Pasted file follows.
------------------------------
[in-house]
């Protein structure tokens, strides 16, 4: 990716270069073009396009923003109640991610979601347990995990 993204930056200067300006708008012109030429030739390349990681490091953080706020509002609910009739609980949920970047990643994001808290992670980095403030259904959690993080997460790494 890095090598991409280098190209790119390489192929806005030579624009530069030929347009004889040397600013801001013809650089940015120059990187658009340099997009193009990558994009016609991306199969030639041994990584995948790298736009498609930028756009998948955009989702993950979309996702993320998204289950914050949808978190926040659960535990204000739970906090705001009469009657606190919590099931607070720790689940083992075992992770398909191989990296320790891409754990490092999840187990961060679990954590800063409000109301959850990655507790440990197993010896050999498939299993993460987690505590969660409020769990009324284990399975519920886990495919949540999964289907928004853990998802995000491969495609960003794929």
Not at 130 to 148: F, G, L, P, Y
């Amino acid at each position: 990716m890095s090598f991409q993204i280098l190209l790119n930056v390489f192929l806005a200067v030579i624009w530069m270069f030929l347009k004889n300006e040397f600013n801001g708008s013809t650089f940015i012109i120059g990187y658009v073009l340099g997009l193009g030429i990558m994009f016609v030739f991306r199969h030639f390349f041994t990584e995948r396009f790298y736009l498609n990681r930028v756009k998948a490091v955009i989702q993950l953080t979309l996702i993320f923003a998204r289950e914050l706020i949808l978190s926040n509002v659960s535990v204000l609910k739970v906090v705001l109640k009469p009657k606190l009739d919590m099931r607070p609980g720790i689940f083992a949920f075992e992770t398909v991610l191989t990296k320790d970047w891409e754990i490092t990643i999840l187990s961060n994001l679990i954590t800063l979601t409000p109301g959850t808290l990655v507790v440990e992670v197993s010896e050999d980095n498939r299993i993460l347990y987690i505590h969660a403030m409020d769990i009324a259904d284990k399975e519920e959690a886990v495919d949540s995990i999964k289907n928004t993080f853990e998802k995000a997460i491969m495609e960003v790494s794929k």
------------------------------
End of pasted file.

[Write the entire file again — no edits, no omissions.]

[in-house]
């Protein structure tokens, strides 16, 4: 990716270069073009396009923003109640991610979601347990995990 993204930056200067300006708008012109030429030739390349990681490091953080706020509002609910009739609980949920970047990643994001808290992670980095403030259904959690993080997460790494 890095090598991409280098190209790119390489192929806005030579624009530069030929347009004889040397600013801001013809650089940015120059990187658009340099997009193009990558994009016609991306199969030639041994990584995948790298736009498609930028756009998948955009989702993950979309996702993320998204289950914050949808978190926040659960535990204000739970906090705001009469009657606190919590099931607070720790689940083992075992992770398909191989990296320790891409754990490092999840187990961060679990954590800063409000109301959850990655507790440990197993010896050999498939299993993460987690505590969660409020769990009324284990399975519920886990495919949540999964289907928004853990998802995000491969495609960003794929």
Not at 130 to 148: F, G, L, P, Y
């Amino acid at each position: 990716m890095s090598f991409q993204i280098l190209l790119n930056v390489f192929l806005a200067v030579i624009w530069m270069f030929l347009k004889n300006e040397f600013n801001g708008s013809t650089f940015i012109i120059g990187y658009v073009l340099g997009l193009g030429i990558m994009f016609v030739f991306r199969h030639f390349f041994t990584e995948r396009f790298y736009l498609n990681r930028v756009k998948a490091v955009i989702q993950l953080t979309l996702i993320f923003a998204r289950e914050l706020i949808l978190s926040n509002v659960s535990v204000l609910k739970v906090v705001l109640k009469p009657k606190l009739d919590m099931r607070p609980g720790i689940f083992a949920f075992e992770t398909v991610l191989t990296k320790d970047w891409e754990i490092t990643i999840l187990s961060n994001l679990i954590t800063l979601t409000p109301g959850t808290l990655v507790v440990e992670v197993s010896e050999d980095n498939r299993i993460l347990y987690i505590h969660a403030m409020d769990i009324a259904d284990k399975e519920e959690a886990v495919d949540s995990i999964k289907n928004t993080f853990e998802k995000a997460i491969m495609e960003v790494s794929k």